“This is my first child. I attended two prenatal consultations at the hospital. I did not have problems during pregnancy but I did have complications during the birth and am happy I delivered at the hospital. At home the baby could have died.”
19-year old Merise Merita is a single mother and lives in a poor neighborhood in Port-Salut, Haiti. She is one of thousands of women who benefited from a project that has offered free obstetric care to poor women since 2008. A first evaluation of the project involving 50 health facilities across Haiti shows a sharp rise in the use of maternal services and a significant decline in maternal mortality.
High risk of dying in childbirth
Haiti is the poorest country in the Western hemisphere. More than two thirds of its people live on less than US$ 2 per day. One result is that too many women are unable to afford maternity care - with fatal consequences for both mothers and children. Even before the devastating earthquake in January 2010 that killed over 200 000 people and damaged or destroyed many hospitals and healthcare facilities in the country, the statistics were alarming: Haiti was a dangerous place to be pregnant, with the lifetime risk of dying in childbirth standing at 1 in 44 compared to 1 in 4 300 in most rich countries (1). Of every 100 children born, more than six failed to survive their first year of life.
Most poor women were forced to give birth at home, assisted by unskilled helpers, as they could not pay for antenatal care and a safe birth at a health facility. Removing the cost seemed an obvious way to increase the use of essential maternal health services.
Free obstetric care
With the support of the Pan American Health Organization (WHO/PAHO), the Canadian International Development Agency (CIDA) and the European Commission, the Haitian Ministry of Health embarked upon a free obstetric care project which pays health facilities and hospitals to offer poor women free childbirth and care before and after birth, and refunds transport costs. Facilities are only reimbursed if they submit a standardized record of the care given to each woman. An electronic information system developed by the WHO/PAHO Latin American Centre for Perinatology and Women's Reproductive Health (CLAP) is used to monitor the performance of the different facilities.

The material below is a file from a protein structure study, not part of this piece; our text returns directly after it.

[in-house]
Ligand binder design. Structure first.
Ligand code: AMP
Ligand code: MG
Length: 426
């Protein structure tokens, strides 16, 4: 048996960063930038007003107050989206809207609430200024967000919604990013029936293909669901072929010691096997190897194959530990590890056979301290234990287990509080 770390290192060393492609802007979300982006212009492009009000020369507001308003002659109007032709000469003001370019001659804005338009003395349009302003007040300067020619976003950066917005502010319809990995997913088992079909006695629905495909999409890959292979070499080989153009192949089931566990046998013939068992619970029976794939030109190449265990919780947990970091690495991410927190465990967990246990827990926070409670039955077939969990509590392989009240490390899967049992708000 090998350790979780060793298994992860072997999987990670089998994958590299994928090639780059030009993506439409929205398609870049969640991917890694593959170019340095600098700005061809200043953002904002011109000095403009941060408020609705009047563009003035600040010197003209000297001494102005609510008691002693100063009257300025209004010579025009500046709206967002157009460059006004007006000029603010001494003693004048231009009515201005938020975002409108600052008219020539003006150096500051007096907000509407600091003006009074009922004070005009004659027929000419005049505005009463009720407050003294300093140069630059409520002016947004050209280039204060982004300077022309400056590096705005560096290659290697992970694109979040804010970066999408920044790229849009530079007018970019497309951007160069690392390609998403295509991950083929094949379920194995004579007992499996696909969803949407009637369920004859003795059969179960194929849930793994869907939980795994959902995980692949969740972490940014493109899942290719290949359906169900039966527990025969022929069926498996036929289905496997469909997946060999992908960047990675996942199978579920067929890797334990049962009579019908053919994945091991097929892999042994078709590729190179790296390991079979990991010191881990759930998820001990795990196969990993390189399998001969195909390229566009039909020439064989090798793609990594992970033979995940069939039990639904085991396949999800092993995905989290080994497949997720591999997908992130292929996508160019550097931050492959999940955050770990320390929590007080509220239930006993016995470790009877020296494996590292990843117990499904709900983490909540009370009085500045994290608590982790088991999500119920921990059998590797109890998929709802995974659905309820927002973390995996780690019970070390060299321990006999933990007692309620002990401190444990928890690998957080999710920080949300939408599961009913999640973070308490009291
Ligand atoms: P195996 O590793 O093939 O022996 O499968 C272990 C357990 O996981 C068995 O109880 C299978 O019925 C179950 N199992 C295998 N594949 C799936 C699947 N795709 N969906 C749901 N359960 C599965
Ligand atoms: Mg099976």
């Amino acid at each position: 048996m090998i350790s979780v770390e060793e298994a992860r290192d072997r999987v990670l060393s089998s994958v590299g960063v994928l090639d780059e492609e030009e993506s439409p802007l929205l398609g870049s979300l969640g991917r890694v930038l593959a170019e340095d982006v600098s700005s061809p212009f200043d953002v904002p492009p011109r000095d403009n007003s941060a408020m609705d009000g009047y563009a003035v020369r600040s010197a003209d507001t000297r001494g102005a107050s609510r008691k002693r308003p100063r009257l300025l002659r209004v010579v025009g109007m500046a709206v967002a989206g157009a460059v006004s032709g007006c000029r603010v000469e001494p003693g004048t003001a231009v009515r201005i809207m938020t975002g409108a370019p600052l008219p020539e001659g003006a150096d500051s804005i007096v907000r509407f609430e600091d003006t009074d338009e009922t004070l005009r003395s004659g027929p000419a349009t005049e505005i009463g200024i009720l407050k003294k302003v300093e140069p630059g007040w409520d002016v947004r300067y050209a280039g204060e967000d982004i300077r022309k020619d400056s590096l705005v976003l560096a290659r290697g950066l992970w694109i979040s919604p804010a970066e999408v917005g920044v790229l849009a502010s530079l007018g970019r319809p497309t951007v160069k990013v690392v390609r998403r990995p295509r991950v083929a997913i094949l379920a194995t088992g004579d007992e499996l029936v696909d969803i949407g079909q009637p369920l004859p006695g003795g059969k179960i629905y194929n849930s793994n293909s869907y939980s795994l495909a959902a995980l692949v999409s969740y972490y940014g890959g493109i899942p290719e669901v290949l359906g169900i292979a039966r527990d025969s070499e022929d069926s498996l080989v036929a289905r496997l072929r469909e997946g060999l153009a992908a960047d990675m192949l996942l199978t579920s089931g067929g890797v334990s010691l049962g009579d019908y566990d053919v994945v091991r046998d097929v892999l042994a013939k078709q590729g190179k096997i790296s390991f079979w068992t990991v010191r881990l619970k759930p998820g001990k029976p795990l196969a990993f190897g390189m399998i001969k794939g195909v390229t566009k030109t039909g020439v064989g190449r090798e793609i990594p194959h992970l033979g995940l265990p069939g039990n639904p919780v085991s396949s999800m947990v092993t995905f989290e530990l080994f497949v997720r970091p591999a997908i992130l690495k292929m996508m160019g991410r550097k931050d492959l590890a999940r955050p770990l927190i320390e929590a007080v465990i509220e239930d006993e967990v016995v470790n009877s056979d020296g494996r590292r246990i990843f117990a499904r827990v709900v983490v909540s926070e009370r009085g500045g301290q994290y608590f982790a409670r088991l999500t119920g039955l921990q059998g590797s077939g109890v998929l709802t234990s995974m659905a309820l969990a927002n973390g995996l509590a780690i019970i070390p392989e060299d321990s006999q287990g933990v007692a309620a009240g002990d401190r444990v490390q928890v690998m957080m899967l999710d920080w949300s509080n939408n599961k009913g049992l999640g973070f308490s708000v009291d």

Lamarre Anthonese, a nurse midwife in the Port-Salut referral hospital, is amazed at the positive response to the project. “We have seen a total change in women’s attitude to health services. They never used to come to the hospital, as they could not afford the fees. Now they are coming from all over the district - even from places as far as three to four hours away.”
An initial evaluation of the project was encouraging. According to country figures, 630 women per 100 000 births die in Haiti every year due to complications during pregnancy and childbirth. Data collected in the project area up to December 2009 showed that participating clinics were reporting fewer deaths and a six-fold increase in antenatal visits. Four out of five women using the free services said that they were satisfied with assistance and support received.
Expanding the project
Since the earthquake, the project has been integrated into a broader programme focusing on reproductive health supported by UNICEF and UNFPA. Between 2008 and 2012, 137 000 women benefited from free obstetric care for a total cost of US$ 10 million. CIDA has donated US$ 20 million to expand the project to cover children up to the age of five, and to continue it until June 2013.
Eight-months pregnant Paula Ferdinand is relieved that she no longer has to pay for childbirth care. “Money has always been a problem for me and coming to the hospital had meant spending a lot for the services, transportation and medicines.” Now she and many other women can be sure that they and their babies receive the necessary care before, during and after birth, whatever complications arise.
1 The adult lifetime risk of maternal death is defined as the probability that a 15-year-old female will die eventually from a maternal cause.
Photo credits: WHO